A certain sense of abstraction at the senior management level is good, otherwise you’d never get anything done. But perhaps, it’s been taken too far. Looking for and talking about the forms of task corruption within a university around learning and teaching could be a good first step in identifying those factors within the organisational and the social setting that are contributing to the task corruption. Hopefully as a first step in addressing these problems (and who says I can’t be wildly optimistic).

The problem isn’t limited to senior management. In an organisation that places emphasis on top-down, teleological design procesess the problem is (I believe) likely to occur within instructional design groups, information technology “support” groups etc.


Chapman, J. (1996). Hatred and corruption of task (Australian Institute of Social Analysis Working Paper No. 3). Carlton: AISA.

Chapman, J. (2003). Hatred and corruption of task. Organisational and Social Dynamics, 3(1):40-60

White, N. (2006). “Tertiary education in the Noughties: the student perspective.” Higher Education Research & Development 25(3): 231-246.

25 thoughts on “Task corruption in teaching @ university – negative impact of Place?

  1. Pingback: The insanity of changing LMSes/VLEs « The Weblog of (a) David Jones

  2. Pingback: The biggest flaw in university L&T/e-learning? « The Weblog of (a) David Jones

  3. Pingback: How to improve L&T and e-learning at universities « The Weblog of (a) David Jones

  4. Pingback: “Blame the teacher” and its negative impact on learning and e-learning « The Weblog of (a) David Jones

  5. Pingback: The myth of rationality in the selection of learning management systems/VLEs « The Weblog of (a) David Jones

  6. Pingback: Prescription, adaptation and failure around improving univeristy teaching « The Weblog of (a) David Jones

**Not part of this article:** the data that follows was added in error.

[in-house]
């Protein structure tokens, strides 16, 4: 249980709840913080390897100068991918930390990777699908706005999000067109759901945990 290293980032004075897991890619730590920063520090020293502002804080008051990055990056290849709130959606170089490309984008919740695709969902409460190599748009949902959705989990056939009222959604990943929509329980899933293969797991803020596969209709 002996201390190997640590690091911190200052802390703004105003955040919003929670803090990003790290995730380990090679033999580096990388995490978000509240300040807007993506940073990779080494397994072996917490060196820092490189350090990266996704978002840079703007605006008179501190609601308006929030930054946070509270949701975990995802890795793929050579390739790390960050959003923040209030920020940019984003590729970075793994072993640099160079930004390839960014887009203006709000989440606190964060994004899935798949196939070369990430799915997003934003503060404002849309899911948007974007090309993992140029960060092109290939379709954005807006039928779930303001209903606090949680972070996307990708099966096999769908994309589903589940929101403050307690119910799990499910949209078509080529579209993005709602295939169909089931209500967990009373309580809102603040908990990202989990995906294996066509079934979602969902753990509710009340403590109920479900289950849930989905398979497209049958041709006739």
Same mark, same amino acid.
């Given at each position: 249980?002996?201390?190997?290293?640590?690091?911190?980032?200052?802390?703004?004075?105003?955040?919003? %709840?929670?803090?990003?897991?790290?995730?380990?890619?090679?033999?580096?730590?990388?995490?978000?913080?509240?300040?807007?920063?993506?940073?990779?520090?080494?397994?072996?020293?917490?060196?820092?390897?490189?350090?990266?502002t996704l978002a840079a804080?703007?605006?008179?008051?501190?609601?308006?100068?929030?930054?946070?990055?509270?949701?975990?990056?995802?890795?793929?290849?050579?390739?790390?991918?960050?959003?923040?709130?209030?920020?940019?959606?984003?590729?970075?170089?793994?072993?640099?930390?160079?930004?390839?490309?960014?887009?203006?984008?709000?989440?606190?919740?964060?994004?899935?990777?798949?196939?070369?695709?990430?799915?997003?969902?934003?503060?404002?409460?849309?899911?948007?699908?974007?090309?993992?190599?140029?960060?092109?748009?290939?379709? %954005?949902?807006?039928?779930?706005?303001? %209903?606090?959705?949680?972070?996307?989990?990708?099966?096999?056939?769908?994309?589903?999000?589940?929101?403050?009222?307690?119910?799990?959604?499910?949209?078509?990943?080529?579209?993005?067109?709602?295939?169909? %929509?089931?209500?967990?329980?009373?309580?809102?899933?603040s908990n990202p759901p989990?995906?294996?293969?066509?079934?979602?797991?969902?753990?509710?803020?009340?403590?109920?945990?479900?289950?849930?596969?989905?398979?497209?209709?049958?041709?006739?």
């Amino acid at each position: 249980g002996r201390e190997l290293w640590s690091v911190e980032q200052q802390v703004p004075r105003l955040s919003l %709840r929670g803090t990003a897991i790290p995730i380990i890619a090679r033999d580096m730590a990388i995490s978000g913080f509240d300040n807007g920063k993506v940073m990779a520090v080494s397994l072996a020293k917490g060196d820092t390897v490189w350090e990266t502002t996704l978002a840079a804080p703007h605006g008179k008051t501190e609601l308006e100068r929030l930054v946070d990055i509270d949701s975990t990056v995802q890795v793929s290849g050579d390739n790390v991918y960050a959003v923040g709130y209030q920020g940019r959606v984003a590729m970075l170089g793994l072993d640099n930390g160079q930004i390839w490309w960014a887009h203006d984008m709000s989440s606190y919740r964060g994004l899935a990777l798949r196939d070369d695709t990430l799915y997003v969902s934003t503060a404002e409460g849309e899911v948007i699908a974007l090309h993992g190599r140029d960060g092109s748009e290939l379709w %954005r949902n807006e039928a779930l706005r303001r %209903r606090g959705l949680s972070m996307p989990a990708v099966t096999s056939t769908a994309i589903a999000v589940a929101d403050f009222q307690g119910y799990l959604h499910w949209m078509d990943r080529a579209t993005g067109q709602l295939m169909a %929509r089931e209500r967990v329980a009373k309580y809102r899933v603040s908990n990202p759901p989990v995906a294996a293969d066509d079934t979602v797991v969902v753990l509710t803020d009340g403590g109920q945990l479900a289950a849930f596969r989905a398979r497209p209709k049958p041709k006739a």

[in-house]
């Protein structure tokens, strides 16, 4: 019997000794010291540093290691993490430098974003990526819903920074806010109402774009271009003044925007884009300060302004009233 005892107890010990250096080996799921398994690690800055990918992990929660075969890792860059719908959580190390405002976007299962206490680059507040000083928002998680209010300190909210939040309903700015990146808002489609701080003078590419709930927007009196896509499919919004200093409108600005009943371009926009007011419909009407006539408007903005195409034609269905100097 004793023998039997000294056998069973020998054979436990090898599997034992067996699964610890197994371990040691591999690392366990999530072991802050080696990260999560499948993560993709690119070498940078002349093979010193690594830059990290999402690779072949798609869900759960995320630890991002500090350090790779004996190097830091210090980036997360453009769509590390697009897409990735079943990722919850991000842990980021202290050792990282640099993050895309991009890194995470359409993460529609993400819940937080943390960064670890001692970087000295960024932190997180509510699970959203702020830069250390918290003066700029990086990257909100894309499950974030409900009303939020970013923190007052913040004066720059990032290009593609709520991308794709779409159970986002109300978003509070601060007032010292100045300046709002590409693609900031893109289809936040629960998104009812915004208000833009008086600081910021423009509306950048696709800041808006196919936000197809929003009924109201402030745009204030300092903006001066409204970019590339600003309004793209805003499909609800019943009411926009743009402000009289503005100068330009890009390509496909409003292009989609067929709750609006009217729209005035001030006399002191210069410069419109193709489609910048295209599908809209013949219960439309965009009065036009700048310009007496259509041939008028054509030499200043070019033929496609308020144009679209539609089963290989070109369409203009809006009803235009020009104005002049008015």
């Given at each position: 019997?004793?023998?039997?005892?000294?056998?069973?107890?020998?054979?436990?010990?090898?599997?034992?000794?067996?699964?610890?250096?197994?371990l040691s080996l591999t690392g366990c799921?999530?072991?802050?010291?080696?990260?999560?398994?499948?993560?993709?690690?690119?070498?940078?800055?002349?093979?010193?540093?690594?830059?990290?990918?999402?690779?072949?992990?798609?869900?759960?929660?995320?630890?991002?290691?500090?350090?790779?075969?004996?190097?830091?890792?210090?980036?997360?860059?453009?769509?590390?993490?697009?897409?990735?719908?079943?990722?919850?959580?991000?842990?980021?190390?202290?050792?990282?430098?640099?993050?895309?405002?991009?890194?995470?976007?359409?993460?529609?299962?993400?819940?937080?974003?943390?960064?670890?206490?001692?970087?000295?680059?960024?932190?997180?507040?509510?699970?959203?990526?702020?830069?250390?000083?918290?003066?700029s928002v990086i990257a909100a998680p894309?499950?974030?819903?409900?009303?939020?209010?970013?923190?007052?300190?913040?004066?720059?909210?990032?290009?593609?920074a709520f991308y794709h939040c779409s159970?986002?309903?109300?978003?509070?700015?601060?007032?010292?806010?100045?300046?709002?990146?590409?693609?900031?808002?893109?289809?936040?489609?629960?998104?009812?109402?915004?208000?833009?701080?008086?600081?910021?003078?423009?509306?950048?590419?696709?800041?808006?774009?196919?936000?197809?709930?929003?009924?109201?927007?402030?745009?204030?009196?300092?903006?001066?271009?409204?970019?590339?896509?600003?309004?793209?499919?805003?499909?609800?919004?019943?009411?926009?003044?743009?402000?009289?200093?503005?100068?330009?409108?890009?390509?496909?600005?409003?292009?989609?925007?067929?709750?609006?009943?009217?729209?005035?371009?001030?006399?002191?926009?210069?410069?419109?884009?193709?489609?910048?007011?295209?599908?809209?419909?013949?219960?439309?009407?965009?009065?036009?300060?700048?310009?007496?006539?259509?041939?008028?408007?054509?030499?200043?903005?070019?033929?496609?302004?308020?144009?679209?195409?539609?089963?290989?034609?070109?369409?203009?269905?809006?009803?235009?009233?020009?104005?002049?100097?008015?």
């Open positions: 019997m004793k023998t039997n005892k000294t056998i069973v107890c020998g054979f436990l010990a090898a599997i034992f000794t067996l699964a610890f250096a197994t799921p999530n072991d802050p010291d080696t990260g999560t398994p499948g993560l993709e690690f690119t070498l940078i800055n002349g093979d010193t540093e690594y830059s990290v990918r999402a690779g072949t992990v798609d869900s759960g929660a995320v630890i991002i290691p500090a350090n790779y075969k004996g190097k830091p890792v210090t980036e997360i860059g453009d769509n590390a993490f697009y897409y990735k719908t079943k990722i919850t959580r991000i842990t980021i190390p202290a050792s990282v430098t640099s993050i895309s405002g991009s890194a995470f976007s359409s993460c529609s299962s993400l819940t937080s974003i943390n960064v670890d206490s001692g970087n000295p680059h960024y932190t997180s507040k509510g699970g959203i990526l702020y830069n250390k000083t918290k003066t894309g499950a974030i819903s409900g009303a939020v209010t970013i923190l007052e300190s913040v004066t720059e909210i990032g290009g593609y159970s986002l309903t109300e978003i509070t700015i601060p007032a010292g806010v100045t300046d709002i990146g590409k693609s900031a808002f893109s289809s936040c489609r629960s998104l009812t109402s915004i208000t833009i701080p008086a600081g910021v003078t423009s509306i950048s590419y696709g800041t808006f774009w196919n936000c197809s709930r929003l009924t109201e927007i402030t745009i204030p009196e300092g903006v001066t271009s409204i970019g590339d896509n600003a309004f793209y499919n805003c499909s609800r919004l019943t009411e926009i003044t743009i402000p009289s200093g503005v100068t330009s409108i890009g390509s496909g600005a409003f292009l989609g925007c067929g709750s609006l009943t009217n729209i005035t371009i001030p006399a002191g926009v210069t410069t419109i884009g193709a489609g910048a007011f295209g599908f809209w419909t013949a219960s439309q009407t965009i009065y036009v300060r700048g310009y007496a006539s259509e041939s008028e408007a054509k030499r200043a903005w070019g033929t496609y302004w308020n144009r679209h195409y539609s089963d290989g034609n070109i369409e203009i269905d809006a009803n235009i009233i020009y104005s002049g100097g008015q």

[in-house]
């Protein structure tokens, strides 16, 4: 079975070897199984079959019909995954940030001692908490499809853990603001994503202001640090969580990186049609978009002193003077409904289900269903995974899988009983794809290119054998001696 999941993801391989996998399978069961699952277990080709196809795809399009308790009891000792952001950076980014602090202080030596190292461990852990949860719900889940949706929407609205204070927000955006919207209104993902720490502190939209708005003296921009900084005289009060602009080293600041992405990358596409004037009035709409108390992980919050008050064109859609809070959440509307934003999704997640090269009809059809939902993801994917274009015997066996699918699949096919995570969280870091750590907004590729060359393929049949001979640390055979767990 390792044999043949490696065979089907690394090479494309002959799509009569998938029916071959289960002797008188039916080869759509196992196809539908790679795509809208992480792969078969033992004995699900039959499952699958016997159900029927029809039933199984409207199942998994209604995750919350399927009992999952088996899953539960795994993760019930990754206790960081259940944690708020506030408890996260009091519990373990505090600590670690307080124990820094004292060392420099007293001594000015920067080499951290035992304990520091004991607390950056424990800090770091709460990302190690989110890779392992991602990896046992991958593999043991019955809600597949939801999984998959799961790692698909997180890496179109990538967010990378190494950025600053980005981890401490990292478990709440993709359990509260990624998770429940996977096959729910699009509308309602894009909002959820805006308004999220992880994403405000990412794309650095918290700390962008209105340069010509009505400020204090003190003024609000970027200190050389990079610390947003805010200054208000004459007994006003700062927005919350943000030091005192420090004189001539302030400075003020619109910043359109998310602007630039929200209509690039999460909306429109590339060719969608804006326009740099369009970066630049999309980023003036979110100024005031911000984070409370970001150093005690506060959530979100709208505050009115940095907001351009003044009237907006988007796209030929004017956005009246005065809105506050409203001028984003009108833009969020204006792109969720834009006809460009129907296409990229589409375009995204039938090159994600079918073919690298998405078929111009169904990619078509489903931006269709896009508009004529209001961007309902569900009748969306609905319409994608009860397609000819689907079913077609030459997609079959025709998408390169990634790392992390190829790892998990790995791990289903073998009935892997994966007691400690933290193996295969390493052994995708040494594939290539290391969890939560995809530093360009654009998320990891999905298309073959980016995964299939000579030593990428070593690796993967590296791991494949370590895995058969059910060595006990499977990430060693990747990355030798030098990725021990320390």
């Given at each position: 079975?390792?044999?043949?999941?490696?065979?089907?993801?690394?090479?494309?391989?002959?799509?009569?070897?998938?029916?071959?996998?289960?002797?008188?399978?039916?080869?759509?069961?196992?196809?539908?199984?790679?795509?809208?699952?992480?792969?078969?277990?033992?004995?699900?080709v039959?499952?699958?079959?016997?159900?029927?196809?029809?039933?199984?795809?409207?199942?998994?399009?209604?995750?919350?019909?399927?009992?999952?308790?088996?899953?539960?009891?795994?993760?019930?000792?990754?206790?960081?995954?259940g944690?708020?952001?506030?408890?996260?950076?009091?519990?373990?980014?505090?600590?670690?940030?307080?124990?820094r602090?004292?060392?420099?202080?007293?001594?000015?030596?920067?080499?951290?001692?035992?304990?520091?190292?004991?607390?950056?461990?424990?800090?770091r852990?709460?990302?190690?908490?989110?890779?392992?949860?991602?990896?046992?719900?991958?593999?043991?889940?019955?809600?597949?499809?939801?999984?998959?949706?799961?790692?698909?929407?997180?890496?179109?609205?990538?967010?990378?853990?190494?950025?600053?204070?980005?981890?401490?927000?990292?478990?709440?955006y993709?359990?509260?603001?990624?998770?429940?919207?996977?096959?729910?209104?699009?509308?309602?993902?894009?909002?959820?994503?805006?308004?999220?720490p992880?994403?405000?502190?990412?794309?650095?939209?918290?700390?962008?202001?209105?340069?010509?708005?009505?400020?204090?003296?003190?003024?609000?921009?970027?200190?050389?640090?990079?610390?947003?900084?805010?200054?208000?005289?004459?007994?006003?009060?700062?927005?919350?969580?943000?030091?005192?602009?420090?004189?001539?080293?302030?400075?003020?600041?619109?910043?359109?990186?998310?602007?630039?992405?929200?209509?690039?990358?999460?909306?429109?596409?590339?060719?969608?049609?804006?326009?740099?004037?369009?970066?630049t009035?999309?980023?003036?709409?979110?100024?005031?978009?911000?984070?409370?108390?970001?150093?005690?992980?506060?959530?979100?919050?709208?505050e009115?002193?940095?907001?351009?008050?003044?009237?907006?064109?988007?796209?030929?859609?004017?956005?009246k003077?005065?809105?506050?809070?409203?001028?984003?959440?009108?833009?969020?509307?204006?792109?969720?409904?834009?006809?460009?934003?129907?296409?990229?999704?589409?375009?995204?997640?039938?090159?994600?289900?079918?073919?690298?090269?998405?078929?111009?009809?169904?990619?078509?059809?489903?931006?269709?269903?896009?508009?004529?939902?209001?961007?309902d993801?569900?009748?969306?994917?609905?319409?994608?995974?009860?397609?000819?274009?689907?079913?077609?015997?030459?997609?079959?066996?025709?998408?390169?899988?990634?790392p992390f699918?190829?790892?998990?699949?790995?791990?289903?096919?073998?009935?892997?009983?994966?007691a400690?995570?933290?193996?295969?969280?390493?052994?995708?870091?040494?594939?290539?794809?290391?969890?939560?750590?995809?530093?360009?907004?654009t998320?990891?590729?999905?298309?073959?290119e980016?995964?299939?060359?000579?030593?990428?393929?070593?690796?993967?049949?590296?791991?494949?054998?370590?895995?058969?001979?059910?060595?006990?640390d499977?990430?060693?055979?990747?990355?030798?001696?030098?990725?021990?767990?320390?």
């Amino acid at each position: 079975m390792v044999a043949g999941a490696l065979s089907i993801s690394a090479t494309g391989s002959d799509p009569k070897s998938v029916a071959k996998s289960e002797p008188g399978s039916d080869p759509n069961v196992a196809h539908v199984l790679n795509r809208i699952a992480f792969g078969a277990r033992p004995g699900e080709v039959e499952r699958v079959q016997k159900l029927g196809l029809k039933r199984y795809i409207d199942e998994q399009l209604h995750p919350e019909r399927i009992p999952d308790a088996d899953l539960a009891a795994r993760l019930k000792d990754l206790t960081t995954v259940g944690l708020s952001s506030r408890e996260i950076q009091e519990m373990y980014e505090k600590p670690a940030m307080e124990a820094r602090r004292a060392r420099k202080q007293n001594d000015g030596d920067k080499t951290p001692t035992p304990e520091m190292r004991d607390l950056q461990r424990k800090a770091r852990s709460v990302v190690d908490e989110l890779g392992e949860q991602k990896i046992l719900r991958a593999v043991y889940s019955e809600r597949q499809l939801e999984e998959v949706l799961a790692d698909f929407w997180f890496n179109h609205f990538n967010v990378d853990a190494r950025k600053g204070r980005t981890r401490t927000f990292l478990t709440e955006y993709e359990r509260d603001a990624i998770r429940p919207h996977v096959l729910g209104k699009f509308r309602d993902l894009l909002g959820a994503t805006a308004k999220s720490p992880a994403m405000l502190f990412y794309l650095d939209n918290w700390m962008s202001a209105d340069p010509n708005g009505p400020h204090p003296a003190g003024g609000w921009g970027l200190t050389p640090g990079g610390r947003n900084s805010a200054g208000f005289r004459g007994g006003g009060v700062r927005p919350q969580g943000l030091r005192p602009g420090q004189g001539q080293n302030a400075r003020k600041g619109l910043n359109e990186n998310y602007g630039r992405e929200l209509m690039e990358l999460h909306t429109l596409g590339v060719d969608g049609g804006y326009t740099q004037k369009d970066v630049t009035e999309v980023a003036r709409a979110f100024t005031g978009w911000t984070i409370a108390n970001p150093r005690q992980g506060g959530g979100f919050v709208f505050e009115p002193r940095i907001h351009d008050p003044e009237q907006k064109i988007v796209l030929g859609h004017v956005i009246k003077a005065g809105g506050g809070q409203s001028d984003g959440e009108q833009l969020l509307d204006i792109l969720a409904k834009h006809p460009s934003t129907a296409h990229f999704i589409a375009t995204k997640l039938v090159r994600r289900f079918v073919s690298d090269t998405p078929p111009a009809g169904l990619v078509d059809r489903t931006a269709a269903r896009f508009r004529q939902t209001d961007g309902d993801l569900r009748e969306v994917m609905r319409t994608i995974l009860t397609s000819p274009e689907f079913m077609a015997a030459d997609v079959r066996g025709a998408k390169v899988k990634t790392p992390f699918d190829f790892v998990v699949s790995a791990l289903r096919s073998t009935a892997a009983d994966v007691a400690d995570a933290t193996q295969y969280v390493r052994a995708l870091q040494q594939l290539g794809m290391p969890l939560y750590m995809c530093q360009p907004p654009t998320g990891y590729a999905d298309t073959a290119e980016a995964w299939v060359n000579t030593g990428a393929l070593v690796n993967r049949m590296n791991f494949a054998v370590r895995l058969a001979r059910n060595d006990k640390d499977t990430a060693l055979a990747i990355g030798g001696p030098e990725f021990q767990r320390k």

7. Pingback: Edupunk rules: Technology I, II and 3 - understanding and improving the practice of instructional technology « The Weblog of (a) David Jones

  8. Pingback: Moodle, curriculum mapping, task fit and task corruption « The Weblog of (a) David Jones

  9. Pingback: Participation, impact, collecting data and connecting people « The Weblog of (a) David Jones

  10. Pingback: Here come the indicators, wait for the task corruption « The Weblog of (a) David Jones

  11. Pingback: Qualms about the alignment project « The Weblog of (a) David Jones

  12. Pingback: The demise of ALTC « The Weblog of (a) David Jones

  13. Pingback: Is there a need for research focii? « The Weblog of (a) David Jones

  14. Pingback: PLEs and PLNs « Damo’s World

  15. Pingback: A potential danger of academic analytics « Col's Weblog

  16. Pingback: Rewarding high performing teachers « Col's Weblog

  17. Pingback: Three likely paths for learning analytics and academic in Oz higher education « The Weblog of (a) David Jones

  18. Pingback: 1000 blog posts – a time to look back « The Weblog of (a) David Jones

  19. Pingback: How much of a cage should I build? | The Weblog of (a) David Jones

  20. Pingback: On the limitations of learning design for improving learning and teaching | The Weblog of (a) David Jones

  21. Pingback: Tracking task corruption with Moodle activity completion | The Weblog of (a) David Jones

  22. Pingback: Some thoughts on links and assessment | An experiment in Networked & Global Learning

  23. Pingback: Metaphors and organisational change | The Weblog of (a) David Jones

  24. Pingback: Short termism is alive and well on both sides of politics | Col's Weblog

  25. Pingback: Organizing for Innovation in the Digitized world – The Weblog of (a) David Jones

Leave a Reply

Please log in using one of these methods to post your comment:

WordPress.com Logo

You are commenting using your WordPress.com account. Log Out /  Change )

Google photo

You are commenting using your Google account. Log Out /  Change )

Twitter picture

You are commenting using your Twitter account. Log Out /  Change )

Facebook photo

You are commenting using your Facebook account. Log Out /  Change )

Connecting to %s